‘Only the Death of God Can Save Us’

My talk for the Newcastle Philosophy Society on Saturday (discussed in the last post) went very well . Although I didn’t get to prepare as much as I might have liked, the ideas came together in a way that people seemed to understand, and it provoked a lot of interesting discussion. Despite the controversial thesis of the talk, there was no hostility or incredulity in the face of the claims I was making. What a wonderful way to spend a Saturday afternoon: eating pizza, drinking coffee, and talking about the death of God with a bunch of non-philosophers who are just interested in the topic.

Anyway, I managed to record a video of the talk on my laptop (giving it a slightly weird angle), and I’ve uploaded it to youtube (see here). The talk takes up the first 30 minutes. This is followed by a 30 minute Q&A session with a respondent, and a further 50 minutes of less focused discussion.

As another point of interest. Ray Brassier’s most recent talk ‘How to Train an Animal that Makes Inferences: Sellars on Rules and Regularities’, is now available online courtesy of Lorenzo Chiesa (see here). It’s Ray at his best: clear exegesis of Sellars with wonderful and incisive commentary upon the consequences that must be drawn from it. It also contains a small exchange between Ray and Zizek, which fans of both/either may find interesting/entertaining.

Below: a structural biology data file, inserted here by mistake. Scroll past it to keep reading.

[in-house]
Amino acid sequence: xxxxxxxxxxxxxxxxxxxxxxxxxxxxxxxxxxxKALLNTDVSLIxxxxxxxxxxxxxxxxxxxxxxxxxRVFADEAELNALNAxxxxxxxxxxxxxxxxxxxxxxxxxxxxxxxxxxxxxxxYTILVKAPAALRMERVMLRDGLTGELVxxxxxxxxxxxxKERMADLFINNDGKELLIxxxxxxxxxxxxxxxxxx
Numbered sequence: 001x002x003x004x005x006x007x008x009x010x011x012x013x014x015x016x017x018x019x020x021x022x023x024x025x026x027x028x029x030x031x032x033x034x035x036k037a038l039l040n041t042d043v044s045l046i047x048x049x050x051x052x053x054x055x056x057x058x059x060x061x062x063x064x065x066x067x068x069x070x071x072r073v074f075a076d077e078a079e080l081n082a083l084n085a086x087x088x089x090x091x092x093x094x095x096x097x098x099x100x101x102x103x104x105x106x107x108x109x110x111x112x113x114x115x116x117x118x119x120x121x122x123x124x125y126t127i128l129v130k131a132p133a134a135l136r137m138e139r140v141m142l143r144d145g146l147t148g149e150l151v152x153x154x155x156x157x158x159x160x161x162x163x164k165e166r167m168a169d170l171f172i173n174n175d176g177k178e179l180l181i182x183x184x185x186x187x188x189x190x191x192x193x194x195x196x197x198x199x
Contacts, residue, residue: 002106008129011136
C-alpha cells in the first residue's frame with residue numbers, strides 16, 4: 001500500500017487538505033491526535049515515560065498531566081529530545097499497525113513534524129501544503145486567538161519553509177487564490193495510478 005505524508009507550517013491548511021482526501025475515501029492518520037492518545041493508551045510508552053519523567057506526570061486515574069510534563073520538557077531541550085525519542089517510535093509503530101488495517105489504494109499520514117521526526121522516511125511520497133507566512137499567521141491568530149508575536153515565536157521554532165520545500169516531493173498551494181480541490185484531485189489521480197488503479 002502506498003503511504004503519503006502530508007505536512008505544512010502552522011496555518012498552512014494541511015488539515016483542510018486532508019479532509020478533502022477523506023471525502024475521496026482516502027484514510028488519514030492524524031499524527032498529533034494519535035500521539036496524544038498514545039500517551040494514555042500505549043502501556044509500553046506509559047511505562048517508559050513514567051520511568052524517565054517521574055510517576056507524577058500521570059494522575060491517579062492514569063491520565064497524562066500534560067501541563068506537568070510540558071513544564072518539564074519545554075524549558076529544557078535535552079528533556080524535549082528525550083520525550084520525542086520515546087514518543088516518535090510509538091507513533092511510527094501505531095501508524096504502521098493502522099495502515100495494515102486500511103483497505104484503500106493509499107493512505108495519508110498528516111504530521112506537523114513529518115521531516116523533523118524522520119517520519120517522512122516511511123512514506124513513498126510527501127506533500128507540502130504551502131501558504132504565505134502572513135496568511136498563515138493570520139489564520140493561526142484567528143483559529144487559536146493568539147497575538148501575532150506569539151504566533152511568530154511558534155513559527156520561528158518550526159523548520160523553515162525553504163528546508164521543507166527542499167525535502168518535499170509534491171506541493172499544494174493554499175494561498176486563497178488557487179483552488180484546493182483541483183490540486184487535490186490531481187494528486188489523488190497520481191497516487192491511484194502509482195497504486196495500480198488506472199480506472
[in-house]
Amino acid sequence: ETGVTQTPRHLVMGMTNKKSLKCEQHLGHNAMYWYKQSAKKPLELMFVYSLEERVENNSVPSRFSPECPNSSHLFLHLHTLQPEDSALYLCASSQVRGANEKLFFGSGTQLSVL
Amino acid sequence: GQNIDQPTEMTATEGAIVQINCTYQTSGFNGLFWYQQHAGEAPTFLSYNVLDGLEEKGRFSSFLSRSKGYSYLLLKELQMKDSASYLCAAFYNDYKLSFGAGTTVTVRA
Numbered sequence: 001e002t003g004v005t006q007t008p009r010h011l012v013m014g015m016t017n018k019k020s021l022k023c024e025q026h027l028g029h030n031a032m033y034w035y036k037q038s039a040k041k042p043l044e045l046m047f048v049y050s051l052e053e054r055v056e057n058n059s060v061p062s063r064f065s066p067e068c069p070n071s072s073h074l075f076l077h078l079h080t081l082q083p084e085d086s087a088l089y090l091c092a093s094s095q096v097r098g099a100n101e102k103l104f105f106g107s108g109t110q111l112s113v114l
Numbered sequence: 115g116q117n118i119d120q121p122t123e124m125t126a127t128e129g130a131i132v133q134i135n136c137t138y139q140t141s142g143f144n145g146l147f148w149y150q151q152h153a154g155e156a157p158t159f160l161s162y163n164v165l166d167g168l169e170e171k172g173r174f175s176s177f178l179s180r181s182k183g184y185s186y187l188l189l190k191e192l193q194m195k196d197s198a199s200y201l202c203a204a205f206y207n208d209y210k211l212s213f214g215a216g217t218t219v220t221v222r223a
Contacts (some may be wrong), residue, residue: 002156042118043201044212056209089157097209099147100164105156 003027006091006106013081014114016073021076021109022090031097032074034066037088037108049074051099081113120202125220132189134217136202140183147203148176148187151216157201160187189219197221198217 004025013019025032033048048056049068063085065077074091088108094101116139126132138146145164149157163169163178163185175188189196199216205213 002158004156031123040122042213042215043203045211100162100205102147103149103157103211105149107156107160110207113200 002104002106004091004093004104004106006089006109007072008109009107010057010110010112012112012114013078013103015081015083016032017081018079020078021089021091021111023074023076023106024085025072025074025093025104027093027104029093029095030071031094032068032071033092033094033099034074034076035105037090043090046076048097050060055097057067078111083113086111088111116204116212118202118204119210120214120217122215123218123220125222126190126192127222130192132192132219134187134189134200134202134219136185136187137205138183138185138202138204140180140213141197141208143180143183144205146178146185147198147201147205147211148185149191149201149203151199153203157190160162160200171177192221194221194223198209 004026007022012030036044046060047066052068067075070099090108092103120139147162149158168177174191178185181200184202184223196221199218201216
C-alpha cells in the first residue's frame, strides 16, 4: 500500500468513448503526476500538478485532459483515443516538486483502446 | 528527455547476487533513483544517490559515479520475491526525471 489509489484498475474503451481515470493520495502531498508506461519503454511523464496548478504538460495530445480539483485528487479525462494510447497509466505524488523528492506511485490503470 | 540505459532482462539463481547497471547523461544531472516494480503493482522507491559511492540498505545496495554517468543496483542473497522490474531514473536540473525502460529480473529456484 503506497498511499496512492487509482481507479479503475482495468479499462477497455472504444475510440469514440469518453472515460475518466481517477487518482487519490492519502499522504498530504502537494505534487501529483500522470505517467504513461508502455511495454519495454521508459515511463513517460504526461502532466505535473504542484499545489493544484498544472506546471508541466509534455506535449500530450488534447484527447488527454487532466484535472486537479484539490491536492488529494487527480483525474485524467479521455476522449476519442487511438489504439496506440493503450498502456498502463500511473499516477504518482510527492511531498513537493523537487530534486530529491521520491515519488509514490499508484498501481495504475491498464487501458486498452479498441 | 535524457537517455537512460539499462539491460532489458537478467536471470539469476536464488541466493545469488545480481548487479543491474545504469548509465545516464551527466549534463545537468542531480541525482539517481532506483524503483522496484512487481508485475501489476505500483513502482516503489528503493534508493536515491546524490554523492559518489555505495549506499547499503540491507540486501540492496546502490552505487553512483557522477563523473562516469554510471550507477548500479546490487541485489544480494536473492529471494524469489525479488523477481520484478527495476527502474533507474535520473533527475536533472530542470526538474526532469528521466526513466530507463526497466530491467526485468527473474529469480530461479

Finally, I’ve just finished making the final edits to the submission draft of my thesis. It contains no substantial changes from the current available draft, other than the fixing of a few typos and the inclusion of an acknowledgements page. However, I feel bound to put it up here for the sake of completeness if nothing else. It’s available on the usual page, linked in the sidebar. Now I’m free to finish a paper I’ve been working on for a couple months now. I’m sure you’ll all be interested to read it once it arrives!

Dissecting Norms

Levi recently launched a couple new salvo’s in the debate over normativity (here, here, here and a bit earlier here), and although he hasn’t mentioned me, I think his reference to ‘transcendentalists’ who are concerned with guaranteeing normativity is probably aimed in this direction, especially after our earlier exchange over Latour (here and here on deontologistics, which petered out in a comment exchange here on larvalsubjects), and his reference to the ‘howler’ that norms don’t exist.

The major thrust of Levi’s argument still seems to be that concern with transcendental normativity precludes the possibility of first analysing the real social conditions (and their causes) that underlie undesirable political states of affairs, and then acting upon these analyses in strategic ways to undermine these and potentially produce new and better social configurations. This is put in a slightly more inflamatory way in his comparison of philosophers of normativity with the kid in the playground that thinks shouting at the top of his voice that the bully is in the wrong is enough to stop the bully. I’ll try to take this jab in good spirit.

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